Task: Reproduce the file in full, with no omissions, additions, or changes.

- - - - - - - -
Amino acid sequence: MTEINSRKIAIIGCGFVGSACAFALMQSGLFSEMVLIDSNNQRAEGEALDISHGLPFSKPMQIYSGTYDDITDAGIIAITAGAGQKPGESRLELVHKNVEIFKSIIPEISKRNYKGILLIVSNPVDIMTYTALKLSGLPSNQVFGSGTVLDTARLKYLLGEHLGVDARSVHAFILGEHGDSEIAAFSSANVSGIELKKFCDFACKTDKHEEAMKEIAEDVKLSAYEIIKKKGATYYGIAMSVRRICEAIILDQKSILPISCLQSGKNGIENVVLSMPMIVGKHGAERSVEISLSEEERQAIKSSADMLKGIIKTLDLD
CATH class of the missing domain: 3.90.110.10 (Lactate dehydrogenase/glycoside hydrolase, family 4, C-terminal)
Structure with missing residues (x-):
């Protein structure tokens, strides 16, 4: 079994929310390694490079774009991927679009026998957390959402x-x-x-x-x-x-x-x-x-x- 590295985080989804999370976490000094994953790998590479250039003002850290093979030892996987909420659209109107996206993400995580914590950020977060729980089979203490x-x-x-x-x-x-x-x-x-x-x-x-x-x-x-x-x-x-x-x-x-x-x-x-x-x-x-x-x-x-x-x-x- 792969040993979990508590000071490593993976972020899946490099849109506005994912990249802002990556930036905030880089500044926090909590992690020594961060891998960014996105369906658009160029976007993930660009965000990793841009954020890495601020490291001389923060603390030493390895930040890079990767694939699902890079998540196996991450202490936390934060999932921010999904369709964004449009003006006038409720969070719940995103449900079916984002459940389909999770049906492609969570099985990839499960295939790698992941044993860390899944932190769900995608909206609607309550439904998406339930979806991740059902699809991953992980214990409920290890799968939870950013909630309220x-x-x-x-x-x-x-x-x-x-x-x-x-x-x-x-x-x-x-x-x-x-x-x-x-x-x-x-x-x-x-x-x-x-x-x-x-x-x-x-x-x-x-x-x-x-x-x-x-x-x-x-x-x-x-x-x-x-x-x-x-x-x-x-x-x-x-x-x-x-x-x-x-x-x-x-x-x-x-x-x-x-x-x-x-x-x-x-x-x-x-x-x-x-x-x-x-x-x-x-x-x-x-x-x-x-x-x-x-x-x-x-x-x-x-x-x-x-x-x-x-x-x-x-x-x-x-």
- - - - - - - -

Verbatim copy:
Amino acid sequence: MTEINSRKIAIIGCGFVGSACAFALMQSGLFSEMVLIDSNNQRAEGEALDISHGLPFSKPMQIYSGTYDDITDAGIIAITAGAGQKPGESRLELVHKNVEIFKSIIPEISKRNYKGILLIVSNPVDIMTYTALKLSGLPSNQVFGSGTVLDTARLKYLLGEHLGVDARSVHAFILGEHGDSEIAAFSSANVSGIELKKFCDFACKTDKHEEAMKEIAEDVKLSAYEIIKKKGATYYGIAMSVRRICEAIILDQKSILPISCLQSGKNGIENVVLSMPMIVGKHGAERSVEISLSEEERQAIKSSADMLKGIIKTLDLD
CATH class of the missing domain: 3.90.110.10 (Lactate dehydrogenase/glycoside hydrolase, family 4, C-terminal)
Structure with missing residues (x-):
């Protein structure tokens, strides 16, 4: 079994929310390694490079774009991927679009026998957390959402x-x-x-x-x-x-x-x-x-x- 590295985080989804999370976490000094994953790998590479250039003002850290093979030892996987909420659209109107996206993400995580914590950020977060729980089979203490x-x-x-x-x-x-x-x-x-x-x-x-x-x-x-x-x-x-x-x-x-x-x-x-x-x-x-x-x-x-x-x-x- 792969040993979990508590000071490593993976972020899946490099849109506005994912990249802002990556930036905030880089500044926090909590992690020594961060891998960014996105369906658009160029976007993930660009965000990793841009954020890495601020490291001389923060603390030493390895930040890079990767694939699902890079998540196996991450202490936390934060999932921010999904369709964004449009003006006038409720969070719940995103449900079916984002459940389909999770049906492609969570099985990839499960295939790698992941044993860390899944932190769900995608909206609607309550439904998406339930979806991740059902699809991953992980214990409920290890799968939870950013909630309220x-x-x-x-x-x-x-x-x-x-x-x-x-x-x-x-x-x-x-x-x-x-x-x-x-x-x-x-x-x-x-x-x-x-x-x-x-x-x-x-x-x-x-x-x-x-x-x-x-x-x-x-x-x-x-x-x-x-x-x-x-x-x-x-x-x-x-x-x-x-x-x-x-x-x-x-x-x-x-x-x-x-x-x-x-x-x-x-x-x-x-x-x-x-x-x-x-x-x-x-x-x-x-x-x-x-x-x-x-x-x-x-x-x-x-x-x-x-x-x-x-x-x-x-x-x-x-």